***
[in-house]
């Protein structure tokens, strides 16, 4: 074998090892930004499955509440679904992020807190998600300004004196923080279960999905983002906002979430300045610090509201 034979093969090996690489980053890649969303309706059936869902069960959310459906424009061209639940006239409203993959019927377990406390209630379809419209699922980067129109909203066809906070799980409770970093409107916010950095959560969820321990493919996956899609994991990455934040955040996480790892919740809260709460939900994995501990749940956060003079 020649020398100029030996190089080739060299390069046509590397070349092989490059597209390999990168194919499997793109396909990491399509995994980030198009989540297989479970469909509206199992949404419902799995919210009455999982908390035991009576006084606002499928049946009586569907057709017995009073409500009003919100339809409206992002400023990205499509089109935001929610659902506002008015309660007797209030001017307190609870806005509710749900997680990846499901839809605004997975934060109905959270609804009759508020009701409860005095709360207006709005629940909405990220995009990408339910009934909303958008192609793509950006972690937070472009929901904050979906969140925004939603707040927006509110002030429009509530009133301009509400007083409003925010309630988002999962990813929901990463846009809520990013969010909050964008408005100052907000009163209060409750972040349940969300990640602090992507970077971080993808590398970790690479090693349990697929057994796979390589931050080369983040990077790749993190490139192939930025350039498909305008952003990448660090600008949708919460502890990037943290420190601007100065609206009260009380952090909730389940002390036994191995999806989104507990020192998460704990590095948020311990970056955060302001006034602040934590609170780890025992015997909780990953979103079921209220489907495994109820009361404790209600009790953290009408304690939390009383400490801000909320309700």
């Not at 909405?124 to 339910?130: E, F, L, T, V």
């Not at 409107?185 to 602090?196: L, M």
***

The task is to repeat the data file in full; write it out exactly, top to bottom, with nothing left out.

[in-house]
């Protein structure tokens, strides 16, 4: 074998090892930004499955509440679904992020807190998600300004004196923080279960999905983002906002979430300045610090509201 034979093969090996690489980053890649969303309706059936869902069960959310459906424009061209639940006239409203993959019927377990406390209630379809419209699922980067129109909203066809906070799980409770970093409107916010950095959560969820321990493919996956899609994991990455934040955040996480790892919740809260709460939900994995501990749940956060003079 020649020398100029030996190089080739060299390069046509590397070349092989490059597209390999990168194919499997793109396909990491399509995994980030198009989540297989479970469909509206199992949404419902799995919210009455999982908390035991009576006084606002499928049946009586569907057709017995009073409500009003919100339809409206992002400023990205499509089109935001929610659902506002008015309660007797209030001017307190609870806005509710749900997680990846499901839809605004997975934060109905959270609804009759508020009701409860005095709360207006709005629940909405990220995009990408339910009934909303958008192609793509950006972690937070472009929901904050979906969140925004939603707040927006509110002030429009509530009133301009509400007083409003925010309630988002999962990813929901990463846009809520990013969010909050964008408005100052907000009163209060409750972040349940969300990640602090992507970077971080993808590398970790690479090693349990697929057994796979390589931050080369983040990077790749993190490139192939930025350039498909305008952003990448660090600008949708919460502890990037943290420190601007100065609206009260009380952090909730389940002390036994191995999806989104507990020192998460704990590095948020311990970056955060302001006034602040934590609170780890025992015997909780990953979103079921209220489907495994109820009361404790209600009790953290009408304690939390009383400490801000909320309700």
């Not at 909405?124 to 339910?130: E, F, L, T, V």
């Not at 409107?185 to 602090?196: L, M």